It was likely Buddhism that influenced Albert Camus into developing his philosophical idea of Absurdism — the tendency of man to search for inherent meaning in a world inherently void of meaning.
Alan Watts offers a very enlightening thought experiment where he imagines you have the opportunity to ask God, “what is the meaning of life?” God would reply that the question doesn’t make sense — for you’re asking “what is the meaning of meaning?” It is human beings that place meaning upon the world; the world has no meaning without the judgmental nature of humans.
Alan Watts continues with the thought experiment: so you ask God, “well then what is the question I’m supposed to ask?” And God would reply, “well it seems you’re in search of a problem?”
I find this very enlightening. Human beings, on some fundamental level, are in constant pursuit of a problem. Despite living in a universe that follows logical rules, a universe that contains no paradoxes, and therefore a place where nothing can be inherently “out of place,” we demand a problem to solve. Throughout our entire life, we will always create problems for ourselves. There will never be any prolonged period of time when we do not have at least one problem in our life. Such is the absurdity of human existence.
Buddhism is often called The MiddleWay. It is the mid-point between doing nothing and trying to do everything. It is nearly impossible to do nothing and it is completely impossible to do everything.
Zen has been described as “when hungry eat, when tired sleep.”
A Zen student, upon hearing this from his master asked, “well isn’t that what everyone does already?” The Zen master said, “No, they don’t. When they’re hungry they don’t just eat, but think of ten-thousand things. When they are tired they don’t just sleep, but dream innumerable dreams.”
Zen mirrors Stoicism in many ways; they both adopt a philosophy of curbing as many human desires as we possibly can. It is unwise to expect anything from a world devoid of any meaning. Things happen regardless of man’s opinion of the thing, and so it is unwise to enslave ourselves to illusions like hope and disappointment.
However, curbing our desires is a desire. This is the nature of man; the mosquito biting the iron bull. It is impossible to eliminate all desire and we shouldn’t burden ourselves with such a futile task. And so describes the fine art of living; the razor’s edge of the middle-way. The fine line between trying too hard and trying too little. That is Zen.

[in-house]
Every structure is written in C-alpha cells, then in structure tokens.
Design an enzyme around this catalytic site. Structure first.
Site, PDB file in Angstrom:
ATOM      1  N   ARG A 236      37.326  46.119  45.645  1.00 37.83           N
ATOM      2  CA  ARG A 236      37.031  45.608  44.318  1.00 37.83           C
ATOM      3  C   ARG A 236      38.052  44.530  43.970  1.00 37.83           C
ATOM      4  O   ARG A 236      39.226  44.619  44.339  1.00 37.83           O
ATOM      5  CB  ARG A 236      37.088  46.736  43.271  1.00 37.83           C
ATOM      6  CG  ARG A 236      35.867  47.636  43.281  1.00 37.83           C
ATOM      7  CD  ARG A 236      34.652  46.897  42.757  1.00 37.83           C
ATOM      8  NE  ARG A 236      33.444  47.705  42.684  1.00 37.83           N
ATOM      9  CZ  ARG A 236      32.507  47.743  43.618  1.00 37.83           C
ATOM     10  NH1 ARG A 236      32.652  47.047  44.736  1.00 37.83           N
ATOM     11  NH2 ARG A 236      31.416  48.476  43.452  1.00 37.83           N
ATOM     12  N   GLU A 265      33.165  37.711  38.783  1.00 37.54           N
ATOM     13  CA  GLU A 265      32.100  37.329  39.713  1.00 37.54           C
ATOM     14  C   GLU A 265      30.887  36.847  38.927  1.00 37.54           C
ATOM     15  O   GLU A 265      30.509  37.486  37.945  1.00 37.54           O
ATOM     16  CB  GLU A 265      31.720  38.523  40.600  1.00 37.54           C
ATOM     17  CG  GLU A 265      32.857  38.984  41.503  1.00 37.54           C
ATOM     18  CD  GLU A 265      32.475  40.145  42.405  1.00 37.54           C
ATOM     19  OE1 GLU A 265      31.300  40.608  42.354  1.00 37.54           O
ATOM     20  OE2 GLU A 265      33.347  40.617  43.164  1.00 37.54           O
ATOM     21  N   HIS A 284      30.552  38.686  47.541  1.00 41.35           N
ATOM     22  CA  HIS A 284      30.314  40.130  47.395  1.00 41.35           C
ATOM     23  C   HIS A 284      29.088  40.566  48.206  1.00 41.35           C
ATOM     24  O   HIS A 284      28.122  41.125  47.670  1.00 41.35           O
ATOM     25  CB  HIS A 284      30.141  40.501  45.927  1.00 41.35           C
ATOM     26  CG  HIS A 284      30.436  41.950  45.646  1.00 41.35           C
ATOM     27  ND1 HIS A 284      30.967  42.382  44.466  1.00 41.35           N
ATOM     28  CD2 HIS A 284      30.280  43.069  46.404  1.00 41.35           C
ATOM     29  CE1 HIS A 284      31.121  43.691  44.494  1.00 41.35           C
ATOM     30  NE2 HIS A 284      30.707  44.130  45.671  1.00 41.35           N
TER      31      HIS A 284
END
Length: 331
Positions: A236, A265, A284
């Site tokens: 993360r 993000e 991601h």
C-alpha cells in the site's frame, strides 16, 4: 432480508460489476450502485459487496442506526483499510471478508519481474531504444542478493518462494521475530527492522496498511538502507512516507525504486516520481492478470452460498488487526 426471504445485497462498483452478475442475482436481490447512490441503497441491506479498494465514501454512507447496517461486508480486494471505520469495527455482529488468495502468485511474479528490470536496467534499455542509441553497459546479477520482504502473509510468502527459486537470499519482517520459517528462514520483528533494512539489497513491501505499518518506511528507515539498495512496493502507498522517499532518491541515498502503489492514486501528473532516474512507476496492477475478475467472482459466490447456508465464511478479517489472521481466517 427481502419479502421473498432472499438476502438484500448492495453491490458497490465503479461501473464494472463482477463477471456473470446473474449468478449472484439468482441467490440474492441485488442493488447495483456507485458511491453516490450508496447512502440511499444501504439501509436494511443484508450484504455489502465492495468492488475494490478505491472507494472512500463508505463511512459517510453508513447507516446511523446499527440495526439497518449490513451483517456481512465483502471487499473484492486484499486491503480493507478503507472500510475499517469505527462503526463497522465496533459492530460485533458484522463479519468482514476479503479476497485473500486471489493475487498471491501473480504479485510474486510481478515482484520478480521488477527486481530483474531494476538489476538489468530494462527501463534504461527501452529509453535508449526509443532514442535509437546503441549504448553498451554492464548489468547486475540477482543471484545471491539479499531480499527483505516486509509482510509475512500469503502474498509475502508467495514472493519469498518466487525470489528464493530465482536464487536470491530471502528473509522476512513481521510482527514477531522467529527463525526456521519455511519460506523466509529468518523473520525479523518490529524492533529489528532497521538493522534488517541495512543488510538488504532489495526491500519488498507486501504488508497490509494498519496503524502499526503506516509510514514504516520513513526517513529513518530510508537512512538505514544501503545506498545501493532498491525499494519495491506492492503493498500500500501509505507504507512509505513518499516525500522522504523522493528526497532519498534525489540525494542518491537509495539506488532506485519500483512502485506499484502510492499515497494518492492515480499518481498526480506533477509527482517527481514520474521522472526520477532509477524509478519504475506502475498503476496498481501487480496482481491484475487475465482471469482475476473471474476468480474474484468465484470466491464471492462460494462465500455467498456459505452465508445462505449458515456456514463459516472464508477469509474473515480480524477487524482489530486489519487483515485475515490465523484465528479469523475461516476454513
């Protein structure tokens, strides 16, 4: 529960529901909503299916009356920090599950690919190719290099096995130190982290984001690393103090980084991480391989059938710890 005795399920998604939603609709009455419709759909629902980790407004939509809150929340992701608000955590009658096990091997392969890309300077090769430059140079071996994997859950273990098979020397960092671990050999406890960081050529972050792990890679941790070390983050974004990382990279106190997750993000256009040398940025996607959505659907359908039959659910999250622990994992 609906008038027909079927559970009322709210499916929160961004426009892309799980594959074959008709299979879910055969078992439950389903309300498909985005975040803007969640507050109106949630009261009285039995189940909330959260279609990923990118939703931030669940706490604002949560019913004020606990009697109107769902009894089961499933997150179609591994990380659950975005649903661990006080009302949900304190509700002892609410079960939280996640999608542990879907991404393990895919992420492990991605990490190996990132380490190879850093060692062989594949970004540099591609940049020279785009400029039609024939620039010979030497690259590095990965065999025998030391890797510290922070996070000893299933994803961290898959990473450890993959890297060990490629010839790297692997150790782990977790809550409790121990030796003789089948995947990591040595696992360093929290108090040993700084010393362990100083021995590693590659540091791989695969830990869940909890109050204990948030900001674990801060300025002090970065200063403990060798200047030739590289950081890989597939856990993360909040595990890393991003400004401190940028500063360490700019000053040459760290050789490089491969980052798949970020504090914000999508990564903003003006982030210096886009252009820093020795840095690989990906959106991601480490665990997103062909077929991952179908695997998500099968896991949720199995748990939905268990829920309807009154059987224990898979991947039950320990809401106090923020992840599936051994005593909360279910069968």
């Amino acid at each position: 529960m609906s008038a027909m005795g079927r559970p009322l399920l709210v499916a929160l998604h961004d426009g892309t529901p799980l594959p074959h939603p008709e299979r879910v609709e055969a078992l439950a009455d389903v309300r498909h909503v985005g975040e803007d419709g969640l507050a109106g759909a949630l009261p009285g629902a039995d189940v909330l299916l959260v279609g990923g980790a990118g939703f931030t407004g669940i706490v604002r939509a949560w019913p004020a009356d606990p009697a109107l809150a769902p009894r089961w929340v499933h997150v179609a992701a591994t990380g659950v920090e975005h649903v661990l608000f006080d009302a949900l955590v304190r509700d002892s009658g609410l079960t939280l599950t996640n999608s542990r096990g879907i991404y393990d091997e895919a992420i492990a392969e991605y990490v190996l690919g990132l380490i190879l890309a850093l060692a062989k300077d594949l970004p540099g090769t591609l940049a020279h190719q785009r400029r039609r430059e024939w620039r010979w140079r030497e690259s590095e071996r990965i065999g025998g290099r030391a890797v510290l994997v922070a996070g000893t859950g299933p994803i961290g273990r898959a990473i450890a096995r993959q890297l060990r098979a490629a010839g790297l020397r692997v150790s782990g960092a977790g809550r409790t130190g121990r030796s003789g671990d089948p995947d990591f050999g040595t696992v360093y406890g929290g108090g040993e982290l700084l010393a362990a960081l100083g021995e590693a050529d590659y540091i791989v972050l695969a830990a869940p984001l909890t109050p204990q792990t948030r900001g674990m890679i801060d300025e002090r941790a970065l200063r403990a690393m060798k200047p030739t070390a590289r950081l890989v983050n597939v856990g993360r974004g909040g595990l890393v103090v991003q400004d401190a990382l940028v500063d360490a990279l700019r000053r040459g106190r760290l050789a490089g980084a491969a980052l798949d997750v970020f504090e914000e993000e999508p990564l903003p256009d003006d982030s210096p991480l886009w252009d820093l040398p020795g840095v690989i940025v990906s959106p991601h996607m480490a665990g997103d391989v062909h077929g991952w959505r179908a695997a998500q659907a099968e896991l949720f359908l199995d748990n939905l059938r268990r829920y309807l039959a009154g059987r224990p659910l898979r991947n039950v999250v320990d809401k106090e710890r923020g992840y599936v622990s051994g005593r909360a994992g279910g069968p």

The Oneness of the Universe
I must be very careful here, because this statement may not be completely wrong, but it is far too vague a statement to really mean anything.
Let me be clear, it may be true that everything is made of one thing on some fundamental level. If string-theory is expanded upon, we may eventually come to find that everything is made of some mysterious ether that permeates all things, and that we all exist on the same wavelength of energy. But the fact of the matter is that we have to draw the line somewhere; it is impossible for me to identify with some distant star outside of the observable universe. Although my body is constantly shedding particles and picking up new ones, my body will never have picked up every particle in the universe, or even a single particle of anything more unstable than uranium. The universe is very, very big — far too big for this statement to have any real value to human beings.
This is certainly one of the more dogmatic statements of Buddhism; it is no different than saying, everything that is made of wood is all a tree.
There is value from saying that we are a part of the universe, and that we are a part of the universe becoming aware of itself. But that distinction is very important. Some things in the universe are very different than others; and to argue otherwise is to argue for the abandonment of the word different entirely.
In order to find any gems of truth inside Buddhism, one must sift through a thousand pounds of garbage. I would argue that the vast majority of Buddhist practices is akin to beliefs in magic. Like Karma for example; beliefs of a cosmic force tallying your good actions aside your bad actions, and using the results to determine what your next life will be like.
There is also a ring of con-artistry among Buddhist circles, where masters sucker their followers with confusing and blinding language. This leads students to become dependent on masters to show them the way. As soon as the student thinks he’s found the answer, the master is quick to say that he’s doing it wrong and needs more practice, (under his wing, of course).
I hope the reader has learned something here, and for those interested in Zen Buddhism, I suggest you satisfy that interest. Just be sure to take everything you hear with a large pitcher of salt.
- Out of Your Mind, audio from the Alan Watts archives
- You’re It; On Hiding, Seeking, and Being Found, audio from the Alan Watts archives
- Mindfulness in Plain English by Bhante Henepola Gunaratana
- Waking Up by Sam Harris
- The Daily Stoic by Ryan Holiday
- Square One by Steve Patterson
- PBS Spacetime Youtube Channel